This fracture in our patient was a combination-fracture of the craniocervical junction. Due to the extension of the clivus fracture into the left occipital condyle, exact classification of this fracture type was difficult. The anterior arch fracture of the atlas itself was stable and did not need as rigid a stabilization as the halo device.

The extension of the fracture line into the occipital condyle alone was comparable to a type II fracture according to Anderson and Montesano [12]. This fracture entity was regarded as stable or unstable, depending on radiologic signs for instability and or ligamentous disruption and should be treated with or a hard collar or a halo device or a surgical stabilization [13].

As this was a complex craniocervical lesion, with an extended fracture of the clivus together with its complete avulsion and associated disruption of the alar ligaments, the decision to apply a halo device was made.

In this case, the primary closed reduction of the clivus fracture and the immobilization with a halo device was the therapy of choice and led to consolidation of the fracture. A final dynamic examination of the cervical spine after removal of the halo was conducted to exclude persistent ligamentous instability. Persistent ligamentous instability would indicate an occipito-cervical fusion.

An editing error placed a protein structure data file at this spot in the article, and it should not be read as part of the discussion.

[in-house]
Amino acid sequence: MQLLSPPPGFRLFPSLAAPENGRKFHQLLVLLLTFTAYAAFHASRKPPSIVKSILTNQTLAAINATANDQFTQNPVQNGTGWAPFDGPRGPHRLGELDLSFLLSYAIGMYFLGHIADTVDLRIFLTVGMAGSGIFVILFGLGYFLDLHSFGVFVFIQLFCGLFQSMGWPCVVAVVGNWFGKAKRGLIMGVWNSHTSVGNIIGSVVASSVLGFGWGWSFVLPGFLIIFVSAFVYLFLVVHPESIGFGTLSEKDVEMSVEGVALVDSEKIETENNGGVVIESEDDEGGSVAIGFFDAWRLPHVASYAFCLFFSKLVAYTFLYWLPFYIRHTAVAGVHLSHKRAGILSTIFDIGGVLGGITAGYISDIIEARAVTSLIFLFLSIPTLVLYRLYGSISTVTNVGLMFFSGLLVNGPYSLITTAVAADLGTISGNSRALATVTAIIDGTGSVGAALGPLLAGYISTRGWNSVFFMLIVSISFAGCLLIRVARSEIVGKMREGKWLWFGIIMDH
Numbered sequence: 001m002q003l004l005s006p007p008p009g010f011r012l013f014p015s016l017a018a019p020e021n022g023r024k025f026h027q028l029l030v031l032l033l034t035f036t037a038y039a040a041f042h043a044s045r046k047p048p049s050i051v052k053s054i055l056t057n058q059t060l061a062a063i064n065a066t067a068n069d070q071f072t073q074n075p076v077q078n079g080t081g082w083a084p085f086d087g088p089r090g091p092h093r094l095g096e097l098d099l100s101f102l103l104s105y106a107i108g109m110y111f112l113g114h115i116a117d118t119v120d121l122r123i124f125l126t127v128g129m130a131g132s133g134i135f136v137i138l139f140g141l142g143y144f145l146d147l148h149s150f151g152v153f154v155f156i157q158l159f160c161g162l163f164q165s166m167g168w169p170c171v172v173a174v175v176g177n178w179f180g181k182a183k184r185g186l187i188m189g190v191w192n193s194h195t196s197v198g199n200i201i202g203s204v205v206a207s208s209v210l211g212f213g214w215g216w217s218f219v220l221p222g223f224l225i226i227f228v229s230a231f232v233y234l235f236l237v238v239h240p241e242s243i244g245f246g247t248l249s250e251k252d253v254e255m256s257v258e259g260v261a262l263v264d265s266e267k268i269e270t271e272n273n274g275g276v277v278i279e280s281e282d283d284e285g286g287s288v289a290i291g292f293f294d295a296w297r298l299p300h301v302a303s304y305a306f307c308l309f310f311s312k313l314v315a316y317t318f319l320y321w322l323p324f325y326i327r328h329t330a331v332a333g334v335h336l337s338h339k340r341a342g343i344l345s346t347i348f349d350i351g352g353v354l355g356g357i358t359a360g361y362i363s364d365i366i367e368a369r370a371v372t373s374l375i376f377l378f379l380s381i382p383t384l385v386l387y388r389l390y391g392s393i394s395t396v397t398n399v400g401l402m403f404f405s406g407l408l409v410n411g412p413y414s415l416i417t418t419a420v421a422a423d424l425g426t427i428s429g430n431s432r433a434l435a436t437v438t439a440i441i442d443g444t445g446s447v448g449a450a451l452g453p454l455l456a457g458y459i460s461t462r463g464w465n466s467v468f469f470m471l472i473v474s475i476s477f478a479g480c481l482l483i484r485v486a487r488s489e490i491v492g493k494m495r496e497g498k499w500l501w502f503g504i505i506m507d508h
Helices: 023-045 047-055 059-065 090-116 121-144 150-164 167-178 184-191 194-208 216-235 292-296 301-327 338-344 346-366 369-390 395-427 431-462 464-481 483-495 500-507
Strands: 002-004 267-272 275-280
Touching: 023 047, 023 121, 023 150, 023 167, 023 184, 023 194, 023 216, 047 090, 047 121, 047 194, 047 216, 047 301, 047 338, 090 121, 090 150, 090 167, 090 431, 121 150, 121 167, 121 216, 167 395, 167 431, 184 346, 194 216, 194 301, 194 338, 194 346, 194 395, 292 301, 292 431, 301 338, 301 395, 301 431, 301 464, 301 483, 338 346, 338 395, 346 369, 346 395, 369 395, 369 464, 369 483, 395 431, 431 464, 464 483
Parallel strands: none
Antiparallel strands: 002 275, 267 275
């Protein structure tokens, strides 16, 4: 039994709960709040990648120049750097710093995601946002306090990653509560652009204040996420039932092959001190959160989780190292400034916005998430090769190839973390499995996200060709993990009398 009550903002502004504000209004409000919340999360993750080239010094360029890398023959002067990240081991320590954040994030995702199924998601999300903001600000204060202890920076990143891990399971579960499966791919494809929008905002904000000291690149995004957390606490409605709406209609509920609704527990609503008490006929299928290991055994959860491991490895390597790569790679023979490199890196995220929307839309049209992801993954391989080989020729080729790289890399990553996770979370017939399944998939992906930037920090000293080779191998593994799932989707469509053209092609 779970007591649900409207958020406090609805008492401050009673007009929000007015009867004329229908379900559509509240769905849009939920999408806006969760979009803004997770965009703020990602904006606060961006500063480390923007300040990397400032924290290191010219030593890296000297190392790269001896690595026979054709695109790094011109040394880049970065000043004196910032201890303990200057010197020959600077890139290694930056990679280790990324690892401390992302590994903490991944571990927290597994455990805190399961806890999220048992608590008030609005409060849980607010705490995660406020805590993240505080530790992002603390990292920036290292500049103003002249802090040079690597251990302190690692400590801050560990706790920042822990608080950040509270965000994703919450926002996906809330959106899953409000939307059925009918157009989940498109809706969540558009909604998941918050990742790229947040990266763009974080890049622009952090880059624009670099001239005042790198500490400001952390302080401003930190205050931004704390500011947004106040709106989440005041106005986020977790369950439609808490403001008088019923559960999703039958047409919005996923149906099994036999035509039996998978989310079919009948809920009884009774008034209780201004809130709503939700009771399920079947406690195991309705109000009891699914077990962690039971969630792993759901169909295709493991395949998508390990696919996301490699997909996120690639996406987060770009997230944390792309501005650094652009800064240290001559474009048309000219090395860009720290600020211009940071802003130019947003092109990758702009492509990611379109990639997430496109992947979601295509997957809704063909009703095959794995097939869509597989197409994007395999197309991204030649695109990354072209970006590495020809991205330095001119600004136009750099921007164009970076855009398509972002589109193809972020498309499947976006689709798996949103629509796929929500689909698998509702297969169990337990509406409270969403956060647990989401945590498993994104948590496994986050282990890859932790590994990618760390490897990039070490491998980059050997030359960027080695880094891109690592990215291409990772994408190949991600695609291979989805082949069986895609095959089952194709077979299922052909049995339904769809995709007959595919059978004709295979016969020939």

Conclusion

Clivus fractures are seldom seen. Therapy advices and examples in the literature are scarce. The CT-scan and the diagnostic investigation of the cervical vessels are the basics for the assessment of concomitant injuries. The treatment of choice is the closed reduction and immobilization of the cervical spine with a halo fixation. After immobilization a dynamic study of the cervical spine should be conducted to exclude persistent ligamentous instability. In this case, an occipito-cervical fusion must be performed.

Consent

Written informed consent was obtained from the patient for publication of this Case Report and any accompanying images. A copy of the written consent is available for review by the Editor-in-Chief of this journal.

Declarations

Acknowledgment

We acknowledge support by Deutsche Forschungsgemeinschaft and Open Access Publication Fund of University of Muenster.

Authors’ Affiliations

(1)
Department for Trauma-, Reconstructive- and Handsurgery, University Muenster
(2)
Department for Clinical Radiology, University Muenster

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Copyright

© Evers et al.; licensee BioMed Central Ltd. 2013

This article is published under license to BioMed Central Ltd. This is an open access article distributed under the terms of the Creative Commons Attribution License (http://creativecommons.org/licenses/by/2.0), which permits unrestricted use, distribution, and reproduction in any medium, provided the original work is properly cited.